Systematic name M1663
Brief description Genes up-regulated in rFSH-17 cells (primary granulosa) after stimulation with FSH.
Full description or abstract Follicle-stimulating hormone (FSH) controls the development of follicle-enclosed oocytes in the mammalian ovary by interacting with specific receptors located exclusively on granulosa cells. Its biological activity involves stimulation of intercellular communication, intracellular signaling, and up-regulation of steroidogenesis; the entire spectrum of genes regulated by FSH is not yet fully characterized. We have established monoclonal rat FSH-responsive granulosa cell lines that express FSH receptors at 20-fold higher rates than with primary cells, and thus increased the probability of yielding a distinct spectrum of genes modulated by FSH. Using Affymetrix DNA microarrays, we discovered 11 genes not reported earlier to be up-regulated by FSH and 9 genes not reported earlier to be down-regulated by FSH. Modulation of signal transduction associated with G-protein signaling, phosphorylation of proteins, and intracellular-extracellular ion balance was suggested by up-regulation of decay accelerating factor GPI-form precursor (DAF), membrane interacting protein RGS16, protein tyrosine phosphatase (PTPase), oxidative stress-inducible protein tyrosine phosphatase (OSIPTPase), and down-regulation of rat prostatic acid phosphatase (rPAP), Na+, K+-ATPase, and protein phosphatase 1beta. Elevation in granzyme-like proteins 1 and 3, and natural killer (NK) cell protease 1 (NKP-1) along with reduction in carboxypeptidase E indicates possible FSH-mediated preparation of the cells for apoptosis. Up-regulation of vascular endothelial growth factors indicates the ability of FSH to produce angiogenic factors upon their maturation; whereas, reduction in insulin-like growth factor binding protein (IGFBP3) indicates its increased potential to promote p53-induced apoptosis. Striking similarities in FSH modulation of gene expression were found in primary cultures of human granulosa cells obtained from IVF patients although these cells expressed only 1% of FSH receptor compared with immortalized rat cells, as indicated by microarray technique, which probably is in the normal range of expression of this receptor in nontransformed cells. These findings should increase our understanding of the mechanism of FSH action in stimulating development of the ovarian follicular cells, of intracellular and intercellular communication, and of increasing the potential of ovarian follicular cells to undergo apoptosis during the process of selection of the dominant follicle.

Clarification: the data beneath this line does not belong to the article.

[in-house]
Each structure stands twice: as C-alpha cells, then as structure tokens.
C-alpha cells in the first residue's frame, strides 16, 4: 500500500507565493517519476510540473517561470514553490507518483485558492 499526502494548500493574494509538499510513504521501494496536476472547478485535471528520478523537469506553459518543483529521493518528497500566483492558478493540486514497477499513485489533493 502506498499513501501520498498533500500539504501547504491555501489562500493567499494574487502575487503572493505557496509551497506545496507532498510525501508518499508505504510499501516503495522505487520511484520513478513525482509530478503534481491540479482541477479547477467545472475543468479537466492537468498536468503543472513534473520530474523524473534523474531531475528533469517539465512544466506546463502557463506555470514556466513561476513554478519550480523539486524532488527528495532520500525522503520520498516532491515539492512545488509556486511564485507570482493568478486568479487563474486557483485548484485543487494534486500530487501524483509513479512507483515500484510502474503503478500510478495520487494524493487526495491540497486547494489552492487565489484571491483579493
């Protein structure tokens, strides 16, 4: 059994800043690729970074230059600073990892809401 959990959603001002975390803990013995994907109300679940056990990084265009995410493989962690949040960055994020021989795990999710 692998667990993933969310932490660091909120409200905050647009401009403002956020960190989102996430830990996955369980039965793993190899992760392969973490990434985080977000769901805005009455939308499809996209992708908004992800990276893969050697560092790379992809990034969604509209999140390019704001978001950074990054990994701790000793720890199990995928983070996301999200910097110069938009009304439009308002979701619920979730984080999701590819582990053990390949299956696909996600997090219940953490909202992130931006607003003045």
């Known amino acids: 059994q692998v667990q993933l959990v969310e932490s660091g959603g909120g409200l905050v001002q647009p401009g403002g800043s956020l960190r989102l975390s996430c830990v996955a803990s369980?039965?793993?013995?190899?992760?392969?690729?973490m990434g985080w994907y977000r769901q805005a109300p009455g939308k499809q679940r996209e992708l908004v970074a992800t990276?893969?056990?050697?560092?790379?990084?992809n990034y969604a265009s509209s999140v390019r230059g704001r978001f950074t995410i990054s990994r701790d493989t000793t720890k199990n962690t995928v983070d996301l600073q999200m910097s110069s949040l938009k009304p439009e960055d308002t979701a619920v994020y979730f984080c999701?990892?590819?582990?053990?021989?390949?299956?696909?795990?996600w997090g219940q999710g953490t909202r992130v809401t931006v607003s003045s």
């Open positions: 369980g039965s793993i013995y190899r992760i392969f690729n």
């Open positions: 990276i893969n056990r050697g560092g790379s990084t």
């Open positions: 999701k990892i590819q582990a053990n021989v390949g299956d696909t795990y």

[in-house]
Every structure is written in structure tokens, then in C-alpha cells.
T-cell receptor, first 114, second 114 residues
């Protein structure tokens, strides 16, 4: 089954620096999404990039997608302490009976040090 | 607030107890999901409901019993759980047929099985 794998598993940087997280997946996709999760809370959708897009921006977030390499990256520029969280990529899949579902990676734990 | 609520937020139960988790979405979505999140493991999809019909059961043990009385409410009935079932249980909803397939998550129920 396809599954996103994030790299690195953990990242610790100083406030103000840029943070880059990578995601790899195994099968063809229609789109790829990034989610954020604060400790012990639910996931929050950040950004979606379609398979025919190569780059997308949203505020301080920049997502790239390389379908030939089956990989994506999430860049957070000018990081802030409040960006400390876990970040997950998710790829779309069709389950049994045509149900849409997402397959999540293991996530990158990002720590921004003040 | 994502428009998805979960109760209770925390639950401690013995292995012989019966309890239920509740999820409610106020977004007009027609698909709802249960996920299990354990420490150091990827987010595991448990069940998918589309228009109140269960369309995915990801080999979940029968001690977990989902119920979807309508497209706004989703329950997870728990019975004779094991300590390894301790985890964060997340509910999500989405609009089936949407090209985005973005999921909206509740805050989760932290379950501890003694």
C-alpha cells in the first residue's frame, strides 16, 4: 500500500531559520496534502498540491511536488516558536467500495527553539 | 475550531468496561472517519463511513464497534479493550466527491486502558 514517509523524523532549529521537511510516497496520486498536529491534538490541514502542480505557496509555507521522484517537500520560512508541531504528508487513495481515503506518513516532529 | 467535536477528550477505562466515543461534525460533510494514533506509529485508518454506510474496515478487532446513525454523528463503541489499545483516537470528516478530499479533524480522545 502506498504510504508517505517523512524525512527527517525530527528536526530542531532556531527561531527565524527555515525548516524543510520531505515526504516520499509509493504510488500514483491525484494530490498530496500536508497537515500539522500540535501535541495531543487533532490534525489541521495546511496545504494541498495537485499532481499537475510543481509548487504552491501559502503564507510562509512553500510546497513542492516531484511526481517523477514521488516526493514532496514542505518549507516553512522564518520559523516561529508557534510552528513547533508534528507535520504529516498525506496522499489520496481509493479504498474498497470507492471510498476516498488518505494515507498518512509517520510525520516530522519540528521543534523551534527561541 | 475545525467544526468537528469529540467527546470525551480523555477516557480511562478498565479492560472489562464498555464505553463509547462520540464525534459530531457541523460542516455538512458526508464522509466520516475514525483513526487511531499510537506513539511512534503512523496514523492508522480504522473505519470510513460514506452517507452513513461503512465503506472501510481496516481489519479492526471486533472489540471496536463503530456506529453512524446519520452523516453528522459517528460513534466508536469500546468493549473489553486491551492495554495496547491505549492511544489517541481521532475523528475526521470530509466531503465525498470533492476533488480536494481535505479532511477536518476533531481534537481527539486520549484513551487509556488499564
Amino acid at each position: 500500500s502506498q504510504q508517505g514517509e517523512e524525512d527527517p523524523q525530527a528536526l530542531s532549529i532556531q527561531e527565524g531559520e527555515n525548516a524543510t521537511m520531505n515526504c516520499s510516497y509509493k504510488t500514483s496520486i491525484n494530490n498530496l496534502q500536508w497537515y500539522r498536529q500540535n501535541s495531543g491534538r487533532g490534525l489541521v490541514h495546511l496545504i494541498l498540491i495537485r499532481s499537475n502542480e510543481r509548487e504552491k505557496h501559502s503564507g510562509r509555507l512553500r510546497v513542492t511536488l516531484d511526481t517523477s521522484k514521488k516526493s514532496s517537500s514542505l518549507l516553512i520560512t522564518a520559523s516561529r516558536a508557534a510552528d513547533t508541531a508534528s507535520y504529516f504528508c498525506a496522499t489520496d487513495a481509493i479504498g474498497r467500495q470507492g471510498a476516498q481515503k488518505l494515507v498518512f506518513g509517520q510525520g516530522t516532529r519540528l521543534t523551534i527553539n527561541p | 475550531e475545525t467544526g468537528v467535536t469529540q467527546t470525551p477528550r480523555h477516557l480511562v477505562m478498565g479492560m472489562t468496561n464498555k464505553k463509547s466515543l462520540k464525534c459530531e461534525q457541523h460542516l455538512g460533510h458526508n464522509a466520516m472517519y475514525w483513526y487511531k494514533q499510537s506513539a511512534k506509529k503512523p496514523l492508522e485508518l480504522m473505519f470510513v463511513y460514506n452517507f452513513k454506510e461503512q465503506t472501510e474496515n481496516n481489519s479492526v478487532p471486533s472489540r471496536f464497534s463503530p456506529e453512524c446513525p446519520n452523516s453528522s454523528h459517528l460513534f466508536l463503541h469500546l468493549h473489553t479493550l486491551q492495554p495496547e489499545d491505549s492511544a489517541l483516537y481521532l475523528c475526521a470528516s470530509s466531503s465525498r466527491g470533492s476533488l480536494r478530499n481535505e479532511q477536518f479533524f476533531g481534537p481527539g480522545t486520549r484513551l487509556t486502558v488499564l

Collection C2: curated gene sets
      CGP: chemical and genetic perturbations
Source publication Pubmed 12832290   Authors: Sasson R,Dantes A,Tajima K,Amsterdam A
Exact source Table 1A
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Organism Rattus norvegicus
Contributed by John Newman (University of Washington)
Source platform RAT_SEQ_ACCESSION
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Version history 3.1: First introduced

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